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'H Is for Hawk': How a fierce bird helped a writer tame her grief

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Marzena Pogorzaly

(Read caption) Helen Macdonald says that when she lost her father, 'I couldn’t tame my grief, but I knew I could tame a hawk.'

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When naturalist, author, and historian Helen Macdonald lost her father, she found an unusual outlet for her grief. Inspired in part by British author T. H. White, she adopted and trained a goshawk – a particularly fierce predatory bird. H Is for Hawk, Macdonald’s memoir about her time with Mabel, is set against the English countryside and is a work both poetic and insightful.

Macdonald recently answered questions from Monitor books editor Marjorie Kehe about her life with Mabel, the goshawk who is the star of "H Is for Hawk."

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Q. What did you learn from life with a goshawk?

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I learned first how to use a hawk to distract myself from the raw realities of grief. A friend told me that when he had a bout of fever he’d press his hand hard to his forehead and concentrate on the sensation to block out everything else. The hawk was that hand on my forehead. Taming and training her was fantastically absorbing. When she flew free and hunted prey just like a wild bird I flew with her in spirit and felt I had left the human world behind.

But I learned, slowly, that running to the wild is not a solution to great hurts, and that I had to find my way back to a more balanced place. The hawk accompanied me through a time of great darkness, and ultimately taught me that we must learn to balance the wildness inside ourselves with our humanity.

Q. Could another animal – a dog or cat or even a gentler bird – have done the same or did it have to be a goshawk?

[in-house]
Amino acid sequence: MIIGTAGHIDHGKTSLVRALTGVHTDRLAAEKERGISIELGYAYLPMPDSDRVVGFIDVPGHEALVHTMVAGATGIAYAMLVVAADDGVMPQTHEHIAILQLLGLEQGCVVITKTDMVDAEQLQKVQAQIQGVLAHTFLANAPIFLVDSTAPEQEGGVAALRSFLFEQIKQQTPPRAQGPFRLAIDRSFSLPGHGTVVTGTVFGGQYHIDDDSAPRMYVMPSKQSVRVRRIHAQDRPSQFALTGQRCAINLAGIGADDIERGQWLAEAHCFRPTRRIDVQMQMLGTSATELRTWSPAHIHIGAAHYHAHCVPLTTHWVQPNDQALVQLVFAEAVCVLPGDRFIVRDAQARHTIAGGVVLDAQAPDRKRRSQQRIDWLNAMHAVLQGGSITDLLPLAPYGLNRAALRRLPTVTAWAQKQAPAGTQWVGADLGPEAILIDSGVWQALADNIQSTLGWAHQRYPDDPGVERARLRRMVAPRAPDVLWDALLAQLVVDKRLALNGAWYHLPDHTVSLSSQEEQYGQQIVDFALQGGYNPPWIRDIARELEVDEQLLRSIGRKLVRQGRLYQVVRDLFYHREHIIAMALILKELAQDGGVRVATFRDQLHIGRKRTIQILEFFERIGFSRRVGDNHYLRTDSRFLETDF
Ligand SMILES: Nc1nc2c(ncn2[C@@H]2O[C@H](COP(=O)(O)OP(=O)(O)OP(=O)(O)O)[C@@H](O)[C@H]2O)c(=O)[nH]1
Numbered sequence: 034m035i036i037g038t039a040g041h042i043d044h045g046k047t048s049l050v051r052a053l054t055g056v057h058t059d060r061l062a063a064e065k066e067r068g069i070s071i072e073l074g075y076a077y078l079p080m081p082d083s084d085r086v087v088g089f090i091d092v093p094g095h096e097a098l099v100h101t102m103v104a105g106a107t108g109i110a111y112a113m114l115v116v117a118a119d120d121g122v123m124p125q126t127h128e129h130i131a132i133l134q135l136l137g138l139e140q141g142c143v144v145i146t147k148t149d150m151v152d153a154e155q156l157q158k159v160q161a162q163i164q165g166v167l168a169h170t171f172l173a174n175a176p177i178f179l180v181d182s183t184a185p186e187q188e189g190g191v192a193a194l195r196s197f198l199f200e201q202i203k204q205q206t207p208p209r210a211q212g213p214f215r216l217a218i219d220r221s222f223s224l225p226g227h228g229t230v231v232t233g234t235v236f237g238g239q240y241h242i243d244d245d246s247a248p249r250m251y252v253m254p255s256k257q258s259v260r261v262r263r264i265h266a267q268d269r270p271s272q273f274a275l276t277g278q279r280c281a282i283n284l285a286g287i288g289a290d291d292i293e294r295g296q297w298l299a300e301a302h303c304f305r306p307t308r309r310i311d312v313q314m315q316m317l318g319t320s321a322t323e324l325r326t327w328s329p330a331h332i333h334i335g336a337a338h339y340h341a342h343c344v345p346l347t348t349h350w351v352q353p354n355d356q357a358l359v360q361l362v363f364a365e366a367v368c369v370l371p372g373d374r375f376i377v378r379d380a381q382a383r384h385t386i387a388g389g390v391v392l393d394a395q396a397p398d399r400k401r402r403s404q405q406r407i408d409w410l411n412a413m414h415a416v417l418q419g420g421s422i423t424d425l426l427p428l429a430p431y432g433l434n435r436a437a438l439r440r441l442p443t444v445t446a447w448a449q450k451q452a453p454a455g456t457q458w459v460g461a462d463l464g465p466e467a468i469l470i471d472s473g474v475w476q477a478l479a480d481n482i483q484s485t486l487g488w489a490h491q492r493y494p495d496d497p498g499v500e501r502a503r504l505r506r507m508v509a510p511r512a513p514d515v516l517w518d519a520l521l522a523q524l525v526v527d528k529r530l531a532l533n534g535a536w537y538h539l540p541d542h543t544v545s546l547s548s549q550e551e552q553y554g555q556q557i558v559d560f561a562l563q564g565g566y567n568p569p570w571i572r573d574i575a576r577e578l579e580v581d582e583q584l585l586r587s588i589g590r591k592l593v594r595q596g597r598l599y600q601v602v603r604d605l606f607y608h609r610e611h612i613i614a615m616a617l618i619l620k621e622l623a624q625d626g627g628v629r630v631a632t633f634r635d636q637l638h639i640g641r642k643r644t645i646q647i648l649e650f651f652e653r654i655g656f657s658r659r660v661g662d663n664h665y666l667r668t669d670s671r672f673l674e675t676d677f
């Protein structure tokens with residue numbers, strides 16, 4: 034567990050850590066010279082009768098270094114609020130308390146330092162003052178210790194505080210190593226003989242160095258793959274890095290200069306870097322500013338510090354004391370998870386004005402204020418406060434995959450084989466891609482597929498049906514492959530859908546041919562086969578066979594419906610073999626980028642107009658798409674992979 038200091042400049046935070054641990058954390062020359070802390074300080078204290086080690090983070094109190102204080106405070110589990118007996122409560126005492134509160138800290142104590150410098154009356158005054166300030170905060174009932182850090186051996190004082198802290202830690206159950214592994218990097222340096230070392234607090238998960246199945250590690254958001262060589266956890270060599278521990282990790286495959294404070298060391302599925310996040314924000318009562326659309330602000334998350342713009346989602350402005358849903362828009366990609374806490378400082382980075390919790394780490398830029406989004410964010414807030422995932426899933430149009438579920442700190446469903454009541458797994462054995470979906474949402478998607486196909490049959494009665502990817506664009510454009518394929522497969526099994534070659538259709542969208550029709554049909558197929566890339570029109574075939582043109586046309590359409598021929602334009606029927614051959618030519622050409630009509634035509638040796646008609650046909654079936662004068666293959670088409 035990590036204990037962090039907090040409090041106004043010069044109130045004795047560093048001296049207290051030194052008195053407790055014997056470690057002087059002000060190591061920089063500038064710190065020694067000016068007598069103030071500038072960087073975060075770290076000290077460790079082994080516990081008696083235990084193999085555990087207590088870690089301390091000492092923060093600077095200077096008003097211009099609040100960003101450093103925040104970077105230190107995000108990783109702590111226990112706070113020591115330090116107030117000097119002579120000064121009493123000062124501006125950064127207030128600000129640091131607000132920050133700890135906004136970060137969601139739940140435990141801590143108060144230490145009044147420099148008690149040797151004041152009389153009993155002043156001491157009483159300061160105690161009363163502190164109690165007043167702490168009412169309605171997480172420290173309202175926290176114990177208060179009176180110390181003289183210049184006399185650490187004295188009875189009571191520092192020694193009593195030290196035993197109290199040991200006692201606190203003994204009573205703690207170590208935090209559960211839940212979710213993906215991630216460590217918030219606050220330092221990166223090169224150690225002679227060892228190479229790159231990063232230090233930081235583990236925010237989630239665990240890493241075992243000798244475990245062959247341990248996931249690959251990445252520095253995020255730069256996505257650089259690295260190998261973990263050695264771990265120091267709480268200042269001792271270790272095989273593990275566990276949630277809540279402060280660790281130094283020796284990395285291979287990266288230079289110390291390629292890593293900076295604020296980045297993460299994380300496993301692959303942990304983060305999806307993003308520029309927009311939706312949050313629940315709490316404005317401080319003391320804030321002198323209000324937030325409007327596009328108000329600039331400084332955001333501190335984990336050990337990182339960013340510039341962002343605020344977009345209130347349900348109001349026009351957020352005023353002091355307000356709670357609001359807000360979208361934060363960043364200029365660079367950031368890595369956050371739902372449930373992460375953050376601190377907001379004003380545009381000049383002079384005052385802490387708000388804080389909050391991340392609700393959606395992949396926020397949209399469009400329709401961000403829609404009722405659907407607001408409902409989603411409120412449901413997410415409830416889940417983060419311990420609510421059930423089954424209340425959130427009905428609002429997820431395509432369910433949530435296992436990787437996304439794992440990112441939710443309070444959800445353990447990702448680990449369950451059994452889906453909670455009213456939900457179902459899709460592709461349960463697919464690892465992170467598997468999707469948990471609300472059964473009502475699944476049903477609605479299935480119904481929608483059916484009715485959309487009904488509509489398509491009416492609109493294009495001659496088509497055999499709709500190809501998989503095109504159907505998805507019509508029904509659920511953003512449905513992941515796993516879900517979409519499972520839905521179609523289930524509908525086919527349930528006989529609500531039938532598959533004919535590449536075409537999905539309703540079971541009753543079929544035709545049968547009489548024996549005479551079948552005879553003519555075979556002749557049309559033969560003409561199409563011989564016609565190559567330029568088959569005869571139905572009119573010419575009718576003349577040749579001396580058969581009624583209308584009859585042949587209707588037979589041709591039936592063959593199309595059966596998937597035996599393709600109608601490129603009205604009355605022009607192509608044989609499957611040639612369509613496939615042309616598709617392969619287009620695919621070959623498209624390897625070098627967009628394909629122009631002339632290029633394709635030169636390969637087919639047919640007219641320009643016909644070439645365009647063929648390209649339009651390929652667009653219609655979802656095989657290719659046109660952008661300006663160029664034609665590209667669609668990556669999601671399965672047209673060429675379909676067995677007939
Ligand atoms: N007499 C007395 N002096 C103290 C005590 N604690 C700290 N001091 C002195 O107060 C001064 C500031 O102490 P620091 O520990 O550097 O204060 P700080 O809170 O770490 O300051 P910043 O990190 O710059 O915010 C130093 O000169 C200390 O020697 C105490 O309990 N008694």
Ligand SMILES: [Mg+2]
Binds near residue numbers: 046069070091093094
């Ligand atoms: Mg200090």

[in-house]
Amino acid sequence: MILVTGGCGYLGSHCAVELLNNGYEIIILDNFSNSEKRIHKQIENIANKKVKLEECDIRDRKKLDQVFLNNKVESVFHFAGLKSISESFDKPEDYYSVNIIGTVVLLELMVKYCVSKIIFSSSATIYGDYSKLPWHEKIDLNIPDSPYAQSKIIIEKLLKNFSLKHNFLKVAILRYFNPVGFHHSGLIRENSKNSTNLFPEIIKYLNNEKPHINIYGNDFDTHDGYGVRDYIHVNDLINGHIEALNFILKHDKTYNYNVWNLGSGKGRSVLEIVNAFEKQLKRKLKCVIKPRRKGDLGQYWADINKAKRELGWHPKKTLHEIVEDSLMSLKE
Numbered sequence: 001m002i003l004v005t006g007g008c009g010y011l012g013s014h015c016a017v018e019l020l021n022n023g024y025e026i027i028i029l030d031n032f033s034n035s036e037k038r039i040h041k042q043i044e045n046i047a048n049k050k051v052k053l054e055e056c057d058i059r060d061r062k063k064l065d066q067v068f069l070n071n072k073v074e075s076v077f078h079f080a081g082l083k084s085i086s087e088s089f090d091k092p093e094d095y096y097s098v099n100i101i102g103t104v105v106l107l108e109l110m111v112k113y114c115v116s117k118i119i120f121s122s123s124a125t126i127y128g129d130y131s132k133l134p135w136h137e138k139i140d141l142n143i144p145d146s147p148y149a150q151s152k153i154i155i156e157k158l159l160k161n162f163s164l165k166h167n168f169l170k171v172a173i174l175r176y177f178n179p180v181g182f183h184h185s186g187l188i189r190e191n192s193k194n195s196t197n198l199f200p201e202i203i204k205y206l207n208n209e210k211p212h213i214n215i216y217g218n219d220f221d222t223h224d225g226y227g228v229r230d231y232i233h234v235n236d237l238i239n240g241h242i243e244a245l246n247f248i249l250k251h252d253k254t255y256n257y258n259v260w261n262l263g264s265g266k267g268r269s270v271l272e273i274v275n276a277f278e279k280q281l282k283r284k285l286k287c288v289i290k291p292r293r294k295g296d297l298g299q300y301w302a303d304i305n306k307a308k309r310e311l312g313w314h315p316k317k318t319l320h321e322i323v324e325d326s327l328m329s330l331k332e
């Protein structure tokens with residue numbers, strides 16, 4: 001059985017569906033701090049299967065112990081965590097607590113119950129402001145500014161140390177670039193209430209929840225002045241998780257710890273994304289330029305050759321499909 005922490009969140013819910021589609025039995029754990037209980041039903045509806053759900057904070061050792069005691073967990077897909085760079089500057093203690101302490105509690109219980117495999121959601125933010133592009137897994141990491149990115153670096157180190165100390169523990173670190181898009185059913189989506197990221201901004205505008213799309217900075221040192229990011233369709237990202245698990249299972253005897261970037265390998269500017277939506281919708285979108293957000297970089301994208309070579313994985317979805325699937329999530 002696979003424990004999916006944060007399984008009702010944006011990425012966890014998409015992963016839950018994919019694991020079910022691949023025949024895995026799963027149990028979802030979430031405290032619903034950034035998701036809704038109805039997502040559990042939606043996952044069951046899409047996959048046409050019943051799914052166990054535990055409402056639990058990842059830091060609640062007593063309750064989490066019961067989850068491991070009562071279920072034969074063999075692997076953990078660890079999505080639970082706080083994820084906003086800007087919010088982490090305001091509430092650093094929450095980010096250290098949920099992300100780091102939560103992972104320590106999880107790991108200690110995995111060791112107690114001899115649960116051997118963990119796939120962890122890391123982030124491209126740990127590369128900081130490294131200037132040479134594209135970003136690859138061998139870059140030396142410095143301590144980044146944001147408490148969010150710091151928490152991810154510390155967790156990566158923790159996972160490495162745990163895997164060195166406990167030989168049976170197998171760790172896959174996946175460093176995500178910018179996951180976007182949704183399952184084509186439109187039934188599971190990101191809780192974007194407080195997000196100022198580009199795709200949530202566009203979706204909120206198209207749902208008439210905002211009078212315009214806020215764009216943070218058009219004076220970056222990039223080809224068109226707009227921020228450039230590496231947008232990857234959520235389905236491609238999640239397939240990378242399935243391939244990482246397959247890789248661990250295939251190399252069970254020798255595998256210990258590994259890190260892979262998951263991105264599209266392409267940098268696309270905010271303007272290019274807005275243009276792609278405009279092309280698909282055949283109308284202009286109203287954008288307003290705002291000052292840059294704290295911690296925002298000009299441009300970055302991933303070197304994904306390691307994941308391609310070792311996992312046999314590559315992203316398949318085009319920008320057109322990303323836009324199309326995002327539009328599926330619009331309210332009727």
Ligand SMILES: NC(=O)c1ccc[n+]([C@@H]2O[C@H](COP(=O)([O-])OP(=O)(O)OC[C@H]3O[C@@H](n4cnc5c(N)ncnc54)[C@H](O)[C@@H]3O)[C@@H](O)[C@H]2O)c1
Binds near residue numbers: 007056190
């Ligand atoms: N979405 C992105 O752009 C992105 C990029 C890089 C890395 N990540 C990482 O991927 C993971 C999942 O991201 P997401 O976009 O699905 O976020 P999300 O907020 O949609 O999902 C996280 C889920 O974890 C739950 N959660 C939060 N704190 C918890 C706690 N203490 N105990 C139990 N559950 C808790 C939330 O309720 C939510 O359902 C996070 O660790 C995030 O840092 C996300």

It had to be a goshawk. I was powerless in the face of an unconscious compulsion to train one. Unlike a dog or cat or parrot, it had to be tamed. I couldn’t tame my grief, but I knew I could tame a hawk. The goshawk’s wildness and solitary nature, its lack of human emotion – these were things I also desired.  And of course the writer T.H. White had written a book that recorded his own attempt to escape from an unbearable life by training a goshawk.  Part of me, I think, was following his example. 

Q. Why were you so drawn to T.H. White's account of life with a goshawk – a book that is in many ways a very sad story? 

I’d read "The Goshawk" as a child and it had baffled me. I didn’t understand why anyone would write about training a hawk when they didn’t know how to do it.  I was confused by White’s actions, and I felt very sorry for his hawk. White treated Gos as harshly as he had been treated as a child by his parents and schoolmasters. Much later I realized that the great poignancy of the book was that White saw Gos as a mirror of himself – as a confused, feral and sadistic creature – and fought to civilize himself by training the hawk. It was always going to end in tragedy, but like all tragedies it is an incredibly compelling story. 

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Q. Is there a danger in looking to animals or even the wild to teach us human lessons?

We use nature as a mirror of ourselves all the time, just as White did. I think it is dangerous to use what animals do to prove the rightness of human concepts or actions. You can be impressed with hawks’ ability to slay creatures weaker than themselves but you can’t take this as a model for how humans should behave to each other.

The great lesson that the hawk taught me is that although we can communicate with wild animals and in my case share our lives with them, they are resolutely not us. To understand the otherness of other lives seems to me a way of truly learning what it is to be human. 

Q. Is your relationship with Mabel still evolving?

Alas poor Mabel died two years ago, very suddenly, of a horrible airborne fungal disease called acute aspergillosis. I miss her terribly. I think my book is a way of thanking her, of saying goodbye to her, just as it is a way to thank and say goodbye to my father. 

Q. What do you think your father would have said/thought about the way you coped with your grief?

A difficult question to answer. I suspect he would have quietly let me do exactly what I did – run away with a hawk to experience a period of near-madness before finding my way back into the world, just as my mother and brother had let me. He was a wise and gentle man, and he understood that we are all singular people, and must find our own individual ways to cope with times of difficulty. 


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